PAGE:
Japan nuclear crisis was ‘man-made disaster’

TOKYO — Last year’s nuclear crisis at the Fukushima Daiichi plant was a “profoundly man-made disaster,” the result of poor earthquake-safety planning and faulty post-tsunami communication, a report from an independent parliamentary panel said Thursday.

The sharp criticism of the Japanese government and the nuclear operator Tokyo Electric Power Co. (Tepco) provided an alternative narrative to an earlier investigation from Tepco itself, whose in-house panel concluded that the nuclear crisis was unforeseeable, spurred by a “giant tsunami beyond our imagination.”

In contrast, the report released Thursday suggested that the 9.0-magnitude earthquake that triggered the tsunami may also have caused critical damage that led to the series of meltdowns. It argued that the nuclear power plants could and should have been made more quake-proof, and blamed lax safety measures on what it called the country’s powerful and “collusive” decision makers and on a conformist culture that allowed them to operate with little scrutiny.

The nuclear bloc, while reassuring the nation about its safe atomic plants, ignored safeguards that would have helped strengthen the Fukushima facility against a massive but foreseeable earthquake, the 641-page report said.

In a blistering assessment, authors described how regulators and nuclear operators went to painstaking lengths to either ignore safety risks at the plant or cover them up. It accused Tepco and government officials of slow and faulty communication after the disaster, which, the report said hampered the emergency response.

Both regulators and nuclear operators disregarded earlier warnings from outside watchdog groups that earthquakes posed a significant safety risk to the nuclear plants, an English summary of the report said. In the process, they “effectively betrayed the nation’s right to be safe from nuclear accidents.”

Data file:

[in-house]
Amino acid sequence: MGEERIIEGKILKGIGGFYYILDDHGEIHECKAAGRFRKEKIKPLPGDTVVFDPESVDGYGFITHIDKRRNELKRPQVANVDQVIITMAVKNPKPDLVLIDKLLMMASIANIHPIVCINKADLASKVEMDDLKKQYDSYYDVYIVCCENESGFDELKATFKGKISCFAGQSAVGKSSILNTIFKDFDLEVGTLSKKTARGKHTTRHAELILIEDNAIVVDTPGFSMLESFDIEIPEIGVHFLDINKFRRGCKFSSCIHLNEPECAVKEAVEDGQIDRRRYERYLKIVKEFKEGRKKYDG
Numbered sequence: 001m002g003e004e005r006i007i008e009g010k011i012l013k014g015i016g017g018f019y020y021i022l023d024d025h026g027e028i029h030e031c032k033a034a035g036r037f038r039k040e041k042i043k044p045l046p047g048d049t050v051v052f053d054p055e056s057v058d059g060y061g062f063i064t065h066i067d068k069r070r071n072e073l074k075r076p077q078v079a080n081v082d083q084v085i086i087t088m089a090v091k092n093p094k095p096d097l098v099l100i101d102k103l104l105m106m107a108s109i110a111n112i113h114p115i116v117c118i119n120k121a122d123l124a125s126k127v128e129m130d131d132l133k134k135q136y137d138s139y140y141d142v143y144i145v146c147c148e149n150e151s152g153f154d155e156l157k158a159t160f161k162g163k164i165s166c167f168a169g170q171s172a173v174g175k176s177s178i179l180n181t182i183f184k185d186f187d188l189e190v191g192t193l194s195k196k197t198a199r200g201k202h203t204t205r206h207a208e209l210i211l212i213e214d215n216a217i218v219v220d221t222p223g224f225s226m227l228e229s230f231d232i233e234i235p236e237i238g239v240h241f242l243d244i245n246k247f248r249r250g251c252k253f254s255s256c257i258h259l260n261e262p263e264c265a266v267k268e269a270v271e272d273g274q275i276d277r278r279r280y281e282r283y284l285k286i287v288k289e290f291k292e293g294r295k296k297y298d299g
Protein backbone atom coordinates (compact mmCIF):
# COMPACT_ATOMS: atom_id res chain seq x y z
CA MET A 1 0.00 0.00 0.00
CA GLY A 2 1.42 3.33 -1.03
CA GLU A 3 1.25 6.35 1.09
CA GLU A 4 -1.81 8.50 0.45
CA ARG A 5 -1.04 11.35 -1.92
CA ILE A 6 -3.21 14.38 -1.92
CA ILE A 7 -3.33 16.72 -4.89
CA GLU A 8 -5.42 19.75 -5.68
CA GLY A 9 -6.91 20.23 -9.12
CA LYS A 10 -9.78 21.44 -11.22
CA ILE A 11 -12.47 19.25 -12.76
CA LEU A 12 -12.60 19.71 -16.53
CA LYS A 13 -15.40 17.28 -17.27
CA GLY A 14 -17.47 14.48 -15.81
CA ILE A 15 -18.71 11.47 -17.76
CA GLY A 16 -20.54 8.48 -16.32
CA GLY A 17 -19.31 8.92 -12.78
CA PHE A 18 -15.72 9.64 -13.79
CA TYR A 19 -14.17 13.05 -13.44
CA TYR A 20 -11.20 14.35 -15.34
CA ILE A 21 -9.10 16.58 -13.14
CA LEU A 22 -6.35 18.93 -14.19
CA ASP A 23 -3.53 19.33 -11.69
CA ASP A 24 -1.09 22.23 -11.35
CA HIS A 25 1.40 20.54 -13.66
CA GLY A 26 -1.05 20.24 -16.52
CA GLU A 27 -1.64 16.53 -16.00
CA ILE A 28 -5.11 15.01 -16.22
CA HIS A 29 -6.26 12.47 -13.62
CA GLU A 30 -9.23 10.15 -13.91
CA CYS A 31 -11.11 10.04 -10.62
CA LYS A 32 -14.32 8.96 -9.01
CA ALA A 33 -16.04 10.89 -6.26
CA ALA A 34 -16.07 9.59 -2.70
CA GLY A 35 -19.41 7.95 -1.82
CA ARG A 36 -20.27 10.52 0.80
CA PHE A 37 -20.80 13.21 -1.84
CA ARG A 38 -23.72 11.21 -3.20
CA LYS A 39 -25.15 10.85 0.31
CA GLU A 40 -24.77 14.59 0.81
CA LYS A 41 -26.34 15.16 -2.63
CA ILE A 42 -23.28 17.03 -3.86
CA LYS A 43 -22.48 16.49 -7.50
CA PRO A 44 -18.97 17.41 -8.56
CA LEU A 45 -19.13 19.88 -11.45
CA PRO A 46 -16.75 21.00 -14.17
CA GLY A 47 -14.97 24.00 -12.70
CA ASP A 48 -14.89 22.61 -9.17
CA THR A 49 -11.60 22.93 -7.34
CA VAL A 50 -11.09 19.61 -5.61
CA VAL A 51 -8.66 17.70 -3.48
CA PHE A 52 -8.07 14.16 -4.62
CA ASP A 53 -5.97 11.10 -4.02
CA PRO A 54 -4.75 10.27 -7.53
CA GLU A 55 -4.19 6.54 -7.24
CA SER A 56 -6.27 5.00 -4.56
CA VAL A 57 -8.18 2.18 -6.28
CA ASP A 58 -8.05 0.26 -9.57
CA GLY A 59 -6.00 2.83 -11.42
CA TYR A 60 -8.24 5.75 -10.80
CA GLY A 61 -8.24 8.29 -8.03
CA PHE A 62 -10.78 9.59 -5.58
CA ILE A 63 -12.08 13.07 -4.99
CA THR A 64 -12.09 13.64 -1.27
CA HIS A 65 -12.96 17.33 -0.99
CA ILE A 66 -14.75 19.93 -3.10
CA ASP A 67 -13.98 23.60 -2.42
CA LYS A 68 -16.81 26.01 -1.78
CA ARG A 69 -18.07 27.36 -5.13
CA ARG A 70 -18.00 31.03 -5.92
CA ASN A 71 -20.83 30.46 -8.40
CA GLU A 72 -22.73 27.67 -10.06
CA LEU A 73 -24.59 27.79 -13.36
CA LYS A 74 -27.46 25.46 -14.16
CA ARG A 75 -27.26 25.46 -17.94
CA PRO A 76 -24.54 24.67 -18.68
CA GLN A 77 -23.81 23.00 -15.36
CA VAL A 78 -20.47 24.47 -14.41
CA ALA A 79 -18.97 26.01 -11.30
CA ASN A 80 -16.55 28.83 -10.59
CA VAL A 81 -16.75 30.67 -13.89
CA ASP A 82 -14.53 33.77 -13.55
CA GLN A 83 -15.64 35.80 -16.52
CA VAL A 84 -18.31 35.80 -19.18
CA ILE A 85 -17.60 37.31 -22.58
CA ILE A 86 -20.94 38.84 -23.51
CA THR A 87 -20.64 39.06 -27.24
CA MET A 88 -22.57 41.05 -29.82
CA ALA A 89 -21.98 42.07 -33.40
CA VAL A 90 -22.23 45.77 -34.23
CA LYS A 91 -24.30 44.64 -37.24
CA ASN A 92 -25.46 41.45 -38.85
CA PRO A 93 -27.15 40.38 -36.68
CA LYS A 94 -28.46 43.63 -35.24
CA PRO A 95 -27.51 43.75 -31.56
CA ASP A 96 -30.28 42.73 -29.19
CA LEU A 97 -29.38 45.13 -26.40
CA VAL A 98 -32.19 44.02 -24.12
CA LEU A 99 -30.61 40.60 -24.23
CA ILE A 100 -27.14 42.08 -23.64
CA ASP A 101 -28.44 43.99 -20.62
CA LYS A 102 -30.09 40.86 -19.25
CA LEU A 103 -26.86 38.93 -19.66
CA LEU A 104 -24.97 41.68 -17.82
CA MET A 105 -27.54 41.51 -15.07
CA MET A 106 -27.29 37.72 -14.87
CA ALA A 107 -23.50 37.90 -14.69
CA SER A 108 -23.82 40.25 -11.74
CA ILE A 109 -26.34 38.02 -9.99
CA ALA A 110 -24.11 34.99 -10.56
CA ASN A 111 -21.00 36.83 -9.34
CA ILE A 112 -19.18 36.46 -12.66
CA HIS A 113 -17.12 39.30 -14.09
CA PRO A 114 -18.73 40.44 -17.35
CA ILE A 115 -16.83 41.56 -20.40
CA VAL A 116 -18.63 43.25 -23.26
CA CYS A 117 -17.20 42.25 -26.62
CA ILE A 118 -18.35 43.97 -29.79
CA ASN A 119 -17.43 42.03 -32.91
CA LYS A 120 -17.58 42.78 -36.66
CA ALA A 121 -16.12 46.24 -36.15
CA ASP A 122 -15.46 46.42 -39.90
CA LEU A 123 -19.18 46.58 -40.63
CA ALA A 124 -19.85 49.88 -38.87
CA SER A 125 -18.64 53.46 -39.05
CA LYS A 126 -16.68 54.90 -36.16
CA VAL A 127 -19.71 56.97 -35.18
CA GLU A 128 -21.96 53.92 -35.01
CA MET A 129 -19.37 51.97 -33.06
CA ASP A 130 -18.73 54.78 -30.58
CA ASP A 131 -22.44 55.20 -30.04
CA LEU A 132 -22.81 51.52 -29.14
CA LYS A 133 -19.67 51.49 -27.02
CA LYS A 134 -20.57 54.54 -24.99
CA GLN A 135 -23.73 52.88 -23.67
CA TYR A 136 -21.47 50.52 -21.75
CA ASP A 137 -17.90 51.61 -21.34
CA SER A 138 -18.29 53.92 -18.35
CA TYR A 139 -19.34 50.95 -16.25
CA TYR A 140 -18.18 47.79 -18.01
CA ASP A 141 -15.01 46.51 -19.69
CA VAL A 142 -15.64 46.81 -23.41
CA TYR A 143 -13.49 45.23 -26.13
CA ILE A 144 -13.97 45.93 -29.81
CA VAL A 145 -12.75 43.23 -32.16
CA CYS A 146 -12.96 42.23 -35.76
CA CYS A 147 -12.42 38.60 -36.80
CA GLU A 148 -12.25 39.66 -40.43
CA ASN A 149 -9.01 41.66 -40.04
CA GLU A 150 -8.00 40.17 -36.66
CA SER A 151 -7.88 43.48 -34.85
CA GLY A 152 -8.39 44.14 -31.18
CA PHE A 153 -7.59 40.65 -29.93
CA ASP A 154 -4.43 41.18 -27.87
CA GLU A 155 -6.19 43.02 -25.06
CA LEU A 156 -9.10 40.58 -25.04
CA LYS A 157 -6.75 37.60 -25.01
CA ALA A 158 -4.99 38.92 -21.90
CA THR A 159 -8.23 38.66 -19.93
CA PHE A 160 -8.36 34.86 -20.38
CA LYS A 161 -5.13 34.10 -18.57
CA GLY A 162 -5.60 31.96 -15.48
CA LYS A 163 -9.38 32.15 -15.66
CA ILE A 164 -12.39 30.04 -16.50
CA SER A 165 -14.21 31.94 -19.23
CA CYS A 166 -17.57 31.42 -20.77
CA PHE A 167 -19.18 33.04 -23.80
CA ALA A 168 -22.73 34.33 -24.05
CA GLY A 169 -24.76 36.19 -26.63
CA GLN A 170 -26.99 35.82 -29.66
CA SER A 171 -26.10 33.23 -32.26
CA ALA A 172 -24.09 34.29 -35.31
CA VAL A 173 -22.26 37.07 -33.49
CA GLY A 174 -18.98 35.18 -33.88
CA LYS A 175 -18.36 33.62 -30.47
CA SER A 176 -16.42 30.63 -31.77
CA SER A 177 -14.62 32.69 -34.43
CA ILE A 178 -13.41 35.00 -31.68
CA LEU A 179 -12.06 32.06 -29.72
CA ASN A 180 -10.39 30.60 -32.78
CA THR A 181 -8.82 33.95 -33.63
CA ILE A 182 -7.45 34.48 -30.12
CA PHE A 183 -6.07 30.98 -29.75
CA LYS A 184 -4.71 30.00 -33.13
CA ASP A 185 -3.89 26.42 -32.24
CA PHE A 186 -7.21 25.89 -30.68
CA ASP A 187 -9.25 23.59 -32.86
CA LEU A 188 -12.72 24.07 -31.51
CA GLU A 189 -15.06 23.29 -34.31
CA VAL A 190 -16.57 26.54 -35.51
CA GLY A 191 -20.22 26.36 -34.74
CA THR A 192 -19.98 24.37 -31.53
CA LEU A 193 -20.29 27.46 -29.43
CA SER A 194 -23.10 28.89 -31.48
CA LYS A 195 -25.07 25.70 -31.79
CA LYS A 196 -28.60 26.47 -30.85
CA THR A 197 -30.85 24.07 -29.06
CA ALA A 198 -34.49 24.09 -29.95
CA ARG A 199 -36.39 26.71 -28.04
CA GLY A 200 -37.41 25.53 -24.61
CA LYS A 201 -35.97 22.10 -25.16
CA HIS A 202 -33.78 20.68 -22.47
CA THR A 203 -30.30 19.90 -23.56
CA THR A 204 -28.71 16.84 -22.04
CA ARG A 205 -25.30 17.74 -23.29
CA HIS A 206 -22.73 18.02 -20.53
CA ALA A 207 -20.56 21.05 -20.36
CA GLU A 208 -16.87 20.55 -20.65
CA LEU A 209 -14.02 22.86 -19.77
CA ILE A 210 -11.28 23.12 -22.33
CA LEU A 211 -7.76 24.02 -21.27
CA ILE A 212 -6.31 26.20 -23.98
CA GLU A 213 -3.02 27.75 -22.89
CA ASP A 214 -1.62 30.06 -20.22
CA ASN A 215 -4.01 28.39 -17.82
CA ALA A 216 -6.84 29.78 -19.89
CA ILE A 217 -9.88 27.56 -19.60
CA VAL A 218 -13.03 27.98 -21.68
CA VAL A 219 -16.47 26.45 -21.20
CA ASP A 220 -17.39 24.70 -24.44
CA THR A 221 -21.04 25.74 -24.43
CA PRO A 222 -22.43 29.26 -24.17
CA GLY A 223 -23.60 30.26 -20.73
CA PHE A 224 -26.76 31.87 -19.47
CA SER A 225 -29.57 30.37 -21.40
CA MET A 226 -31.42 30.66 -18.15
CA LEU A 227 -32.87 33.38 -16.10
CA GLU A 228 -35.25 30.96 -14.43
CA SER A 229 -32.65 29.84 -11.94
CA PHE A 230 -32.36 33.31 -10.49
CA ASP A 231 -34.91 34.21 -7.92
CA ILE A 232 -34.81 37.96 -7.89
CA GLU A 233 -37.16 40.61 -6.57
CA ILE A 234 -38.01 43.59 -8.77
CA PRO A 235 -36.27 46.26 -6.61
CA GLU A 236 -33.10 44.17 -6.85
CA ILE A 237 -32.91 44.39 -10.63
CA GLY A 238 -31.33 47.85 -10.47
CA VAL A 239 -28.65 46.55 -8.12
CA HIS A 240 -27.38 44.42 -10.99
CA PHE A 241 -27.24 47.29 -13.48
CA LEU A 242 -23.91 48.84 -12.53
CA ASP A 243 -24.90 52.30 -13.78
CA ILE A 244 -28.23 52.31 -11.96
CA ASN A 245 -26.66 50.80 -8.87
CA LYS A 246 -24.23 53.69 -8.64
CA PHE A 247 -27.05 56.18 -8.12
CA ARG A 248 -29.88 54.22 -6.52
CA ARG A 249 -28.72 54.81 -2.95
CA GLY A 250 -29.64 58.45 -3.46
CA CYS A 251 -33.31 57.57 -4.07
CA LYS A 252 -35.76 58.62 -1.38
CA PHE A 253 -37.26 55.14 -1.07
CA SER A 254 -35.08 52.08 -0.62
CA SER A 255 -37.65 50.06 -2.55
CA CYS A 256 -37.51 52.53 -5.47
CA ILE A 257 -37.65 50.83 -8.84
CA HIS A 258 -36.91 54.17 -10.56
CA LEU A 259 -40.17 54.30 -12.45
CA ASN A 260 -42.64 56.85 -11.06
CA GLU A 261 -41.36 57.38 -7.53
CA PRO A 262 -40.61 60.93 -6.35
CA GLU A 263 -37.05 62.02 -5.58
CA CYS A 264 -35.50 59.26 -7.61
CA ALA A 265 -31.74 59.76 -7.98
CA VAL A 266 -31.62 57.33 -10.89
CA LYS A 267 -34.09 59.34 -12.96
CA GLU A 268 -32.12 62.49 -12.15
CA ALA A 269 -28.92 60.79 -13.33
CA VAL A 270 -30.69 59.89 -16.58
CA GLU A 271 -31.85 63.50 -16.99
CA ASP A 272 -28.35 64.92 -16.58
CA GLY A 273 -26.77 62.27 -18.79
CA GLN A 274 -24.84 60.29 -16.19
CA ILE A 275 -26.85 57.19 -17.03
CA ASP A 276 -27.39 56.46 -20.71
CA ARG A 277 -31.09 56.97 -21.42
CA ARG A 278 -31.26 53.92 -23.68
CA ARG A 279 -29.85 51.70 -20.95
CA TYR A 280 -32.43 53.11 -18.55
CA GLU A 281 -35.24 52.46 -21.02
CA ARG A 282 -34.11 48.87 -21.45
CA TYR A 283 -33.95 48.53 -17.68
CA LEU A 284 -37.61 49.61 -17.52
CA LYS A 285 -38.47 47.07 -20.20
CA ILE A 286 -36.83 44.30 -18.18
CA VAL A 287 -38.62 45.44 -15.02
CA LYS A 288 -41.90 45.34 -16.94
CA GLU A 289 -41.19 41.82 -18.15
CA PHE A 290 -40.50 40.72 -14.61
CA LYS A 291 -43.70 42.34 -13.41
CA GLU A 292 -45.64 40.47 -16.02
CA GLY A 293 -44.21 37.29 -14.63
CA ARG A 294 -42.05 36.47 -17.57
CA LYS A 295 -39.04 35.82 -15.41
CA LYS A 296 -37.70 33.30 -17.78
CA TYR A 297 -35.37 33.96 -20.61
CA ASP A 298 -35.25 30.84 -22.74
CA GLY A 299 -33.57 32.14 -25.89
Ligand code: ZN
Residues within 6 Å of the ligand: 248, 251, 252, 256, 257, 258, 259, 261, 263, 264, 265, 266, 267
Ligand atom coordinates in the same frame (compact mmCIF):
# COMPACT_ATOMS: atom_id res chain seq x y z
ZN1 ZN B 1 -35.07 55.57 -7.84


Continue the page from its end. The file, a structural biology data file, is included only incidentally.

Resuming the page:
“What must be admitted — very painfully — is that this was a disaster ‘Made in Japan,’” investigation Chairman Kiyoshi Kurokawa wrote in the introduction to the report. “Its fundamental causes are to be found in the ingrained conventions of Japanese culture: our reflexive obedience; our reluctance to question authority; our devotion to ‘sticking with the program’; our groupism; and our insularity.”

Before the accident, nuclear power supplied almost a third of Japan’s energy. But many plants sit near seismic faults, and the parliamentary panel’s suggestion about earthquake damage could increase already fierce public opposition to restarting the nuclear reactors. It might also force Japanese utilities to perform pricey earthquake retro-fitting.

The triple meltdown at the Fukushima plant forced the evacuation of more than 100,000 people and spread significant radiation across 700 square miles of land. Facing growing public opposition to atomic energy, Japan shuttered all its nuclear plants after the disaster. Only on Thursday did the first reactor — at the Ohi plant in western Japan — resume generation.

The report raised the possibility that the earthquake damaged critical safety equipment. Tepco, the report said, was quick to blame the tsunami in its own statements, presumably as a way to “avoid responsibility” by attributing the meltdowns to the unexpected tsunami, rather than the “more foreseeable earthquake.”

Japan needs to overhaul its nuclear regulation system, the report said, creating an independent watchdog: Previously, the safety agency was a part of the same government ministry that promoted nuclear power. The report said the Nuclear and Industrial Safety Agency did not press Tepco to prepare for a so-called full station blackout — the loss of main and backup power — because the “probability was small.” NISA, instead, asked Tepco to explain why new prevention measures would not be necessary.

The report released Thursday describes a post-tsunami breakdown in communication and cooperation between those who operated the Fukushima plant and those who handled Japan’s nuclear safety.

The prime minister’s office waited too long to declare a state of emergency. Tepco’s disaster response manuals were out of date and missing key diagrams. The company was too slow in relaying information to the government.

Then-Prime Minister Naoto Kan traveled to the plant mid-meltdown and “diverted the attention and time of the on-site operational staff and confused the line of command.”

“Had the head office of Tepco actively communicated the on-site situation from the start, and explained the severity of the situation to the other parties,” the report said, “there is a possibility that the distrust — and the confusion in the chain of command that followed — could have been prevented.”

The 10-member commission compiled its report based on more than 1,000 interviews and 900 hours of hearings.

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